Back surgery is usually seen as an elective procedure that is only used after conservative pain management options have proven ineffective or the patient’s symptoms have become debilitating. Generally speaking, there are two back surgery approaches that are used to alleviate symptoms stemming from nerve compression in the spine: open back surgery and endoscopic spine surgery. In both methods, the surgeon is working to alleviate the impingement and irritation of the spinal cord and/or nerve roots.
When nerve tissue in the spinal column is impinged and irritated, a patient can experience a variety of symptoms, known collectively as radiculopathy, including: local or radiating pain, muscle weakness, and numbness and tingling in the extremities. Most commonly, this nerve agitation is caused by a bulging or herniated disc, degenerative disc disease, spinal stenosis, foraminal stenosis, arthritis in the spine, the presence of tissue build-up, and bone spurs.
Once the diagnosis of the back or neck problem has been confirmed through a complete medical exam and imagery such as an MRI, a number of surgical options may be presented. With open back surgery, a common procedure is spinal fusion where the damaged disc is literally removed and the vertebrae above and below the removed disc are permanently welded together. Artificial disc replacement (arthroplasty) is another possibility for some patients.
Alternatively, a number of minimally invasive, outpatient orthopedic procedures have been growing steadily more popular in recent years. These procedures are performed on an outpatient basis, are less painful, and have a shorter recovery time than open-back or open-neck surgery. These laser-assisted procedures also typically do not require hospitalization or lengthy rehabilitation after the surgery.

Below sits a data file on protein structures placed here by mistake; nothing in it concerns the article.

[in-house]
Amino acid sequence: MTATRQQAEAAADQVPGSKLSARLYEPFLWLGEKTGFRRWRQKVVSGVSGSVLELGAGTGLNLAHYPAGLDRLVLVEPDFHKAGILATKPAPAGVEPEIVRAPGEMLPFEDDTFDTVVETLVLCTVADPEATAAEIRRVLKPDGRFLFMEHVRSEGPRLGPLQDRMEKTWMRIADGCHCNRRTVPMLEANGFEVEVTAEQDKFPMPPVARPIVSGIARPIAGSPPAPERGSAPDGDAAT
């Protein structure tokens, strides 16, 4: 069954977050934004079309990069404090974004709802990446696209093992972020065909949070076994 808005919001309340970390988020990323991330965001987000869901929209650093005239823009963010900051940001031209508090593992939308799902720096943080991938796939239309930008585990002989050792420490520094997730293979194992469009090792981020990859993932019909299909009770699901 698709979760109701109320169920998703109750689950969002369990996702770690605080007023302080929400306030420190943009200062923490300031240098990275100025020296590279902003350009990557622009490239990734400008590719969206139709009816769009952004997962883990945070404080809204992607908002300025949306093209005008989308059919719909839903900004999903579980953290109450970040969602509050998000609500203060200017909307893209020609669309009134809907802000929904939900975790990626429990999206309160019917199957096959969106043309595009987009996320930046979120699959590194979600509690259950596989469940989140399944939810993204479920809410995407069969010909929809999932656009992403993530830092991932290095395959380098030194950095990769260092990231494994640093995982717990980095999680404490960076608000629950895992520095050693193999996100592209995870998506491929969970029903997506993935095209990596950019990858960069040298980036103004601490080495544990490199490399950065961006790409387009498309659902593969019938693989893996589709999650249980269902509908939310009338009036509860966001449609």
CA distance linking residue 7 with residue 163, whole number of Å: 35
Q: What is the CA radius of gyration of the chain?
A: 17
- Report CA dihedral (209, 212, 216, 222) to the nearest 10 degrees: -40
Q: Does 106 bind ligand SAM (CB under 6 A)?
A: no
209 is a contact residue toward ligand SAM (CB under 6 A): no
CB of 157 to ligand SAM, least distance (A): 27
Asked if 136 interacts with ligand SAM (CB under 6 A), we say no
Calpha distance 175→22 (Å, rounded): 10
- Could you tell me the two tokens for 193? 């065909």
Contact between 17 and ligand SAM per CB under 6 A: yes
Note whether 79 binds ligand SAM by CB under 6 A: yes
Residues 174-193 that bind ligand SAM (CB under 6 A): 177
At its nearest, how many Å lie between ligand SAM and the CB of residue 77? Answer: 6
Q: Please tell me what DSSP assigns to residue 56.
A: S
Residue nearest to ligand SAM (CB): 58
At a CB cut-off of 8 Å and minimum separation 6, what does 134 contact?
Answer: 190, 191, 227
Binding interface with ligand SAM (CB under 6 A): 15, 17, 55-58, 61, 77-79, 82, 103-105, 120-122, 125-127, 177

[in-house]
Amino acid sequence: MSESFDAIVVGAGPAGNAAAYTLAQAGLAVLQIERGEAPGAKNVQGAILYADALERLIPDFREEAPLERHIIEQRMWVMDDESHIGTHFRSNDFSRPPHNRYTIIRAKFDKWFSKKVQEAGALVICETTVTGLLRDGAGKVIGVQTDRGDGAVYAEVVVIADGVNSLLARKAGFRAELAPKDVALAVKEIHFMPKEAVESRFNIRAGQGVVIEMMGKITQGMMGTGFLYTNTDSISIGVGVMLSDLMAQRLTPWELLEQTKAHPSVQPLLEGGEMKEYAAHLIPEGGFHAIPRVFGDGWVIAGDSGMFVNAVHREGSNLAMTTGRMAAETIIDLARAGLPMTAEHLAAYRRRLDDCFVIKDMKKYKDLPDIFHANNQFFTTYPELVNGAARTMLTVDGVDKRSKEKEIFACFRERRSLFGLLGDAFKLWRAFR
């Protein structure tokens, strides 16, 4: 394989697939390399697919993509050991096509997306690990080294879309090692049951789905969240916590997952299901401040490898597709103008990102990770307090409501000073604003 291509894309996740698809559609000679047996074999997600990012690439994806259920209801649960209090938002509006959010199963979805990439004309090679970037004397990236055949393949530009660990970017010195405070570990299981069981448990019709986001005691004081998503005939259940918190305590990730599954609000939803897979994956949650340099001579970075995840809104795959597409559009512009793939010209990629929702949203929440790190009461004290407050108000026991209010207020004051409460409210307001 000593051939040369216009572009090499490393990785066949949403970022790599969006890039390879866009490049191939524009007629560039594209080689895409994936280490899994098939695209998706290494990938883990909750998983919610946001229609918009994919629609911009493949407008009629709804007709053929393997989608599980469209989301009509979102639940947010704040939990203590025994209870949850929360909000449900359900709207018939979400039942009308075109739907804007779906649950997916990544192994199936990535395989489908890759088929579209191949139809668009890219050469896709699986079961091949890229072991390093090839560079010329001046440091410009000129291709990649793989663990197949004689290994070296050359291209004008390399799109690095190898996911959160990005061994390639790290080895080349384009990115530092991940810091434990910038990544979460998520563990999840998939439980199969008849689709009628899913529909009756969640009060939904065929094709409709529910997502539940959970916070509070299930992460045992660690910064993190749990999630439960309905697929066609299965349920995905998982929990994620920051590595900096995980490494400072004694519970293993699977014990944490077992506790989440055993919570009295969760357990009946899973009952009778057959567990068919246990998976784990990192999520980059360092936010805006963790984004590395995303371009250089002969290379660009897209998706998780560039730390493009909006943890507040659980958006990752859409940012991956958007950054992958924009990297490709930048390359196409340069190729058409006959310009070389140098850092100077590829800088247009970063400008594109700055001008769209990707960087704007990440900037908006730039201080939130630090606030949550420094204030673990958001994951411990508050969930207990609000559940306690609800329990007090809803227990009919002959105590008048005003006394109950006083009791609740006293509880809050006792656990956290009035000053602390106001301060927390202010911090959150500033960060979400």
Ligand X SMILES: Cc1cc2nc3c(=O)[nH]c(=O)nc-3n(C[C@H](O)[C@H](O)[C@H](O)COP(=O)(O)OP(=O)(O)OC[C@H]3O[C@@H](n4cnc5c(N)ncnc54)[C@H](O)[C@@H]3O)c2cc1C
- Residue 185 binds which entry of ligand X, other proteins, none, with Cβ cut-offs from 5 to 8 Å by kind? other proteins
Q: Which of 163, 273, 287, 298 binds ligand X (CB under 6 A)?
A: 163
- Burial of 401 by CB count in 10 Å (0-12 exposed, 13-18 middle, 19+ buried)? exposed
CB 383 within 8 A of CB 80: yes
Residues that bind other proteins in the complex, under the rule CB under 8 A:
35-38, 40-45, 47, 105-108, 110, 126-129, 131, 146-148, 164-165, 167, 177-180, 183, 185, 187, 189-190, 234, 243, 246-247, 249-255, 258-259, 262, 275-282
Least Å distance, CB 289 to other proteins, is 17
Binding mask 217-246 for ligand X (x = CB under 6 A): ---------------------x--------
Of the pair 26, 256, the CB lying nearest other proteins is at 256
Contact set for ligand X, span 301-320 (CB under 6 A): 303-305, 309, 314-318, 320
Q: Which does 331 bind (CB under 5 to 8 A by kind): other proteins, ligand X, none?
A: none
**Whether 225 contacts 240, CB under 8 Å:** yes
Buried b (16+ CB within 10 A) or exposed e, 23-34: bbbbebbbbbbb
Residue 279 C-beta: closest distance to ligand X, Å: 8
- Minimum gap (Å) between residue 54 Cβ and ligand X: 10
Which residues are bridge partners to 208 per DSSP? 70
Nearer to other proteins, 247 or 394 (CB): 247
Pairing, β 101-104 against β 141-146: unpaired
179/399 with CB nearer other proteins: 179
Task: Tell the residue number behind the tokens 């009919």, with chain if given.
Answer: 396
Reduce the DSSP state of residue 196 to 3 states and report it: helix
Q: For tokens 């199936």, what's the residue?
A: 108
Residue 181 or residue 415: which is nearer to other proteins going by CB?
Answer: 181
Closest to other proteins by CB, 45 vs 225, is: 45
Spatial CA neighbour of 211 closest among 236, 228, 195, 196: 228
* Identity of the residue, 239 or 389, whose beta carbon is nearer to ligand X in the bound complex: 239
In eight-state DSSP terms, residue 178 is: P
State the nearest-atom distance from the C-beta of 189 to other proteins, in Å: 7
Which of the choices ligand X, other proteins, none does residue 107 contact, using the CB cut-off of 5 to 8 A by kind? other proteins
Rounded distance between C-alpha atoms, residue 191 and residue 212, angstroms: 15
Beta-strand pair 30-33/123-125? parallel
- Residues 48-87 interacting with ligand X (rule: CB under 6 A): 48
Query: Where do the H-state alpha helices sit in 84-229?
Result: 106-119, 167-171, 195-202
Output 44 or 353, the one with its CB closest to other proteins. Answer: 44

Recovery and success rates from back surgery also are varied, depending on the patient’s pathology. Success of the back surgery is typically relative; some patients experience immediate relief and others gradual. Success of a surgery is also closely related to the completion of post-operative rehabilitation and physical therapy. It is equally important that patients go into surgery with realistic expectations.
Laser Spine Institute is the largest minimally invasive spine surgery center in the nation. Our surgeons perform more minimally invasive neck and spine procedures per month than any other facility. 87 percent of our patients have said they experienced some improvement or total pain relief within 3 months after their procedure.
At Laser Spine Institute, we believe in providing our patients with as much information as possible to help make an informed decision about whether back surgery is right for them. To learn more about back surgery and the minimally invasive, outpatient endoscopic spine procedures offered at Laser Spine Institute, or for a free review of your MRI or CT scan, contact our award-winning staff today.